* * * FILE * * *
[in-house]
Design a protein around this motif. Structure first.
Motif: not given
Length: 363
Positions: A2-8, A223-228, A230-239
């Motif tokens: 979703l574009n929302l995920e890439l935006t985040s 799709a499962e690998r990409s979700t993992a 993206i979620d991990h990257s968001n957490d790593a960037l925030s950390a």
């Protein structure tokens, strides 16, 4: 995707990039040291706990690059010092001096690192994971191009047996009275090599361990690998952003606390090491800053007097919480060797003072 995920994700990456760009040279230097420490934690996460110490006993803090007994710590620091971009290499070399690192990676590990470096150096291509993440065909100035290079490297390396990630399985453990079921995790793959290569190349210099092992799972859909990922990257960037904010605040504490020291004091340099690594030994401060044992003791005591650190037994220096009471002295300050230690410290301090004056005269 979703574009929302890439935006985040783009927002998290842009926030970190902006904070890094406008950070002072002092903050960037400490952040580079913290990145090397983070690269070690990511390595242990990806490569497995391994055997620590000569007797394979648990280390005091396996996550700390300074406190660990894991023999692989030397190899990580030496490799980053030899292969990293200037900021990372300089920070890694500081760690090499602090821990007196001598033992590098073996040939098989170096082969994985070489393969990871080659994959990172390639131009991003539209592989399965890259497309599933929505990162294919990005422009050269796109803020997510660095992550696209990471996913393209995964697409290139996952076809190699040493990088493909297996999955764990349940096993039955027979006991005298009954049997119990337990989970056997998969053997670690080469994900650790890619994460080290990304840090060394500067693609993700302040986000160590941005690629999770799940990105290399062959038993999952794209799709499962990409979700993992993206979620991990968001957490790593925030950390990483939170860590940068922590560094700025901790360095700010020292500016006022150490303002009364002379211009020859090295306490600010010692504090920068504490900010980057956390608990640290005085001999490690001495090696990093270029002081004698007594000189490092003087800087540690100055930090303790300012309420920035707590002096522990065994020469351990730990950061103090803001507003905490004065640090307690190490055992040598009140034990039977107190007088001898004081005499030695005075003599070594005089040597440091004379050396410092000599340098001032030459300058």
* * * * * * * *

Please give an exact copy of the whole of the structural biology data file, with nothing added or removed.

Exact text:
[in-house]
Design a protein around this motif. Structure first.
Motif: not given
Length: 363
Positions: A2-8, A223-228, A230-239
């Motif tokens: 979703l574009n929302l995920e890439l935006t985040s 799709a499962e690998r990409s979700t993992a 993206i979620d991990h990257s968001n957490d790593a960037l925030s950390a």
């Protein structure tokens, strides 16, 4: 995707990039040291706990690059010092001096690192994971191009047996009275090599361990690998952003606390090491800053007097919480060797003072 995920994700990456760009040279230097420490934690996460110490006993803090007994710590620091971009290499070399690192990676590990470096150096291509993440065909100035290079490297390396990630399985453990079921995790793959290569190349210099092992799972859909990922990257960037904010605040504490020291004091340099690594030994401060044992003791005591650190037994220096009471002295300050230690410290301090004056005269 979703574009929302890439935006985040783009927002998290842009926030970190902006904070890094406008950070002072002092903050960037400490952040580079913290990145090397983070690269070690990511390595242990990806490569497995391994055997620590000569007797394979648990280390005091396996996550700390300074406190660990894991023999692989030397190899990580030496490799980053030899292969990293200037900021990372300089920070890694500081760690090499602090821990007196001598033992590098073996040939098989170096082969994985070489393969990871080659994959990172390639131009991003539209592989399965890259497309599933929505990162294919990005422009050269796109803020997510660095992550696209990471996913393209995964697409290139996952076809190699040493990088493909297996999955764990349940096993039955027979006991005298009954049997119990337990989970056997998969053997670690080469994900650790890619994460080290990304840090060394500067693609993700302040986000160590941005690629999770799940990105290399062959038993999952794209799709499962990409979700993992993206979620991990968001957490790593925030950390990483939170860590940068922590560094700025901790360095700010020292500016006022150490303002009364002379211009020859090295306490600010010692504090920068504490900010980057956390608990640290005085001999490690001495090696990093270029002081004698007594000189490092003087800087540690100055930090303790300012309420920035707590002096522990065994020469351990730990950061103090803001507003905490004065640090307690190490055992040598009140034990039977107190007088001898004081005499030695005075003599070594005089040597440091004379050396410092000599340098001032030459300058």